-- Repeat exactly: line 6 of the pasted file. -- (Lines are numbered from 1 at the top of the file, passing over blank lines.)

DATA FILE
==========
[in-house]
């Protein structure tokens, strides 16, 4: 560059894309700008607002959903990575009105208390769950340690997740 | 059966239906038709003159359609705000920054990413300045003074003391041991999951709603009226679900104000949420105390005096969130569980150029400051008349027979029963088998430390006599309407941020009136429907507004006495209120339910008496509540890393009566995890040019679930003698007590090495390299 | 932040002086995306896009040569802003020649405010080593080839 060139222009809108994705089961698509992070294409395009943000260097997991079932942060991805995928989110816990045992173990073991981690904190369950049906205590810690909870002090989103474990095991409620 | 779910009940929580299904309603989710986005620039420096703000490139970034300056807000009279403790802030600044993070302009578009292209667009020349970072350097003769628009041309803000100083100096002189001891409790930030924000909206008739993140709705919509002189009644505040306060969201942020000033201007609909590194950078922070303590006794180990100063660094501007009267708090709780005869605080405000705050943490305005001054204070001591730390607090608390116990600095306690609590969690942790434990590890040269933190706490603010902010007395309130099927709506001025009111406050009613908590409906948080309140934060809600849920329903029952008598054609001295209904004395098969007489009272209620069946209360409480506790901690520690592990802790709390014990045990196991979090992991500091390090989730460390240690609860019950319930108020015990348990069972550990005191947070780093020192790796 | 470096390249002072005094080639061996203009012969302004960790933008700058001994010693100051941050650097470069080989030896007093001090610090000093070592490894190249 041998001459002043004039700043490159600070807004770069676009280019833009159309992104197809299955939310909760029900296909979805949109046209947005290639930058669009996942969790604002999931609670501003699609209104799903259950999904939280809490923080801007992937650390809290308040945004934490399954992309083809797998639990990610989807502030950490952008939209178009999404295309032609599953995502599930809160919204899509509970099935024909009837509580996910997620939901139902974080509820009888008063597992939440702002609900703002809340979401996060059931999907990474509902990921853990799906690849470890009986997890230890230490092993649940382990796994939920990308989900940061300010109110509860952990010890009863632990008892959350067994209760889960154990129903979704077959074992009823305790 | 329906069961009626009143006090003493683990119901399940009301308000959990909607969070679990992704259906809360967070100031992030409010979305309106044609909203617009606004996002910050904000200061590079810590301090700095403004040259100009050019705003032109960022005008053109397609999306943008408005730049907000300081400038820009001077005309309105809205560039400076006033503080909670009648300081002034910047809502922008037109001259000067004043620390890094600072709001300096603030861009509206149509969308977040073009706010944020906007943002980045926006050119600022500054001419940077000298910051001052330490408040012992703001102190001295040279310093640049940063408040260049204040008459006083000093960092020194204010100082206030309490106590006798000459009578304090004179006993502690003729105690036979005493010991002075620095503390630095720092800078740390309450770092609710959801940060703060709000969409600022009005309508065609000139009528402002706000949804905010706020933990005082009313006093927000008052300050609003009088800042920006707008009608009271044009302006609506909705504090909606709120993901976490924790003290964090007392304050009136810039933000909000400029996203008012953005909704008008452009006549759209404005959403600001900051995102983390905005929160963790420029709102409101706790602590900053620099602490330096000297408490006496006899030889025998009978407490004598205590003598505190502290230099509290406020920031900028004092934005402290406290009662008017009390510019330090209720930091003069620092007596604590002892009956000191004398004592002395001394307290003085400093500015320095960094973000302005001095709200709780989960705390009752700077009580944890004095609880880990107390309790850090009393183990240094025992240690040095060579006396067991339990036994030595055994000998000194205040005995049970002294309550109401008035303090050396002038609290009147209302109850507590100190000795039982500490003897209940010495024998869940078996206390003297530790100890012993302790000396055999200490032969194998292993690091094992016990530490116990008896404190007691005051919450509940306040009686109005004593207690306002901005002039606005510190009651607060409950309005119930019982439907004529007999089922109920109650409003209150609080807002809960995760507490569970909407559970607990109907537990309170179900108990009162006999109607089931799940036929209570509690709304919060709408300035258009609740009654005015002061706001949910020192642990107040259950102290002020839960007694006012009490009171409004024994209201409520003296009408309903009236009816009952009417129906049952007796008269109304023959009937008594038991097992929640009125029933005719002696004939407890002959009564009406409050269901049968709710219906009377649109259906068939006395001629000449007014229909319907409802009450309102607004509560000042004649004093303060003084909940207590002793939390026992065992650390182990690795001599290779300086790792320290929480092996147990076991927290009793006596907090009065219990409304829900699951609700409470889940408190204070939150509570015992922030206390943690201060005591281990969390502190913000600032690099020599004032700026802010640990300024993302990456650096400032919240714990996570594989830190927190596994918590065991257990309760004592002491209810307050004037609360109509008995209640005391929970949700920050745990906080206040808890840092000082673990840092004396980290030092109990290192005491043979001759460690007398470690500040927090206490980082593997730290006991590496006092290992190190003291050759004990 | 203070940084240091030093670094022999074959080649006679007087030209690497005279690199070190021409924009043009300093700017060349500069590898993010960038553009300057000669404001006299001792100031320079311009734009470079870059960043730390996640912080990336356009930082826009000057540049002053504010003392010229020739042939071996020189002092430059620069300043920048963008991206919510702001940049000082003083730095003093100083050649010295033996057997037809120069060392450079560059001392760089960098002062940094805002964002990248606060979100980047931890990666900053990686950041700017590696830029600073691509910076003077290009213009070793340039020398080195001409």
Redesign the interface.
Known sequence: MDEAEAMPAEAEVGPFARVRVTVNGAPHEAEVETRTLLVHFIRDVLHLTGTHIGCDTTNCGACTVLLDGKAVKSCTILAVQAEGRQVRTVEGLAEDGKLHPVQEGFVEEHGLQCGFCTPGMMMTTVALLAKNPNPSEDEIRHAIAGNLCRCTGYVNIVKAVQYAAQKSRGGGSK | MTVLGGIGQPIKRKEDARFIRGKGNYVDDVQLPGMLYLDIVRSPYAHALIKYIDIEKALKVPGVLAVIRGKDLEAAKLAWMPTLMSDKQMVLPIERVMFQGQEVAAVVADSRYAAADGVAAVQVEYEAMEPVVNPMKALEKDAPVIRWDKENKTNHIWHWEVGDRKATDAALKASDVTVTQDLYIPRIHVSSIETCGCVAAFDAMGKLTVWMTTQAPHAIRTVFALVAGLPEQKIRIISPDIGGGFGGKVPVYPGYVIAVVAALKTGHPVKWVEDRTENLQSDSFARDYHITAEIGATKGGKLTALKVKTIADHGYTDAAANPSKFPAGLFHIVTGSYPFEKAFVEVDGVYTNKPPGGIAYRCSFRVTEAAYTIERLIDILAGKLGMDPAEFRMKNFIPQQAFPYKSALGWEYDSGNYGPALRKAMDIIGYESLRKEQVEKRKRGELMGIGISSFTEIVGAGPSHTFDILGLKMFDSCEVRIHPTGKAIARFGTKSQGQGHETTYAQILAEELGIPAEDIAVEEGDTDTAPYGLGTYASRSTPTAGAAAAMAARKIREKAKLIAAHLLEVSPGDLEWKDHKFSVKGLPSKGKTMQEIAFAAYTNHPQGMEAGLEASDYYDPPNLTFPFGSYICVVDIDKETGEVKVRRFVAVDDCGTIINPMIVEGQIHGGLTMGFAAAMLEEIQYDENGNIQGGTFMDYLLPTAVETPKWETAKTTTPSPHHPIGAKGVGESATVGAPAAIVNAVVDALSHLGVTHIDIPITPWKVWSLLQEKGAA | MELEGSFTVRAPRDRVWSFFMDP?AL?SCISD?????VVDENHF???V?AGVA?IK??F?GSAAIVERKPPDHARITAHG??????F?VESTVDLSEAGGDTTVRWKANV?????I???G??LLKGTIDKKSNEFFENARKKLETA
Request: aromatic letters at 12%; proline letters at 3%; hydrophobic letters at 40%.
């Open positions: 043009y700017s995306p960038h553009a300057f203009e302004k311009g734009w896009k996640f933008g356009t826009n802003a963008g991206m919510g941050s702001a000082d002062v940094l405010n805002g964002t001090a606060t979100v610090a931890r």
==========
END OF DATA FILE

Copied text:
């Open positions: 043009y700017s995306p960038h553009a300057f203009e302004k311009g734009w896009k996640f933008g356009t826009n802003a963008g991206m919510g941050s702001a000082d002062v940094l405010n805002g964002t001090a606060t979100v610090a931890r």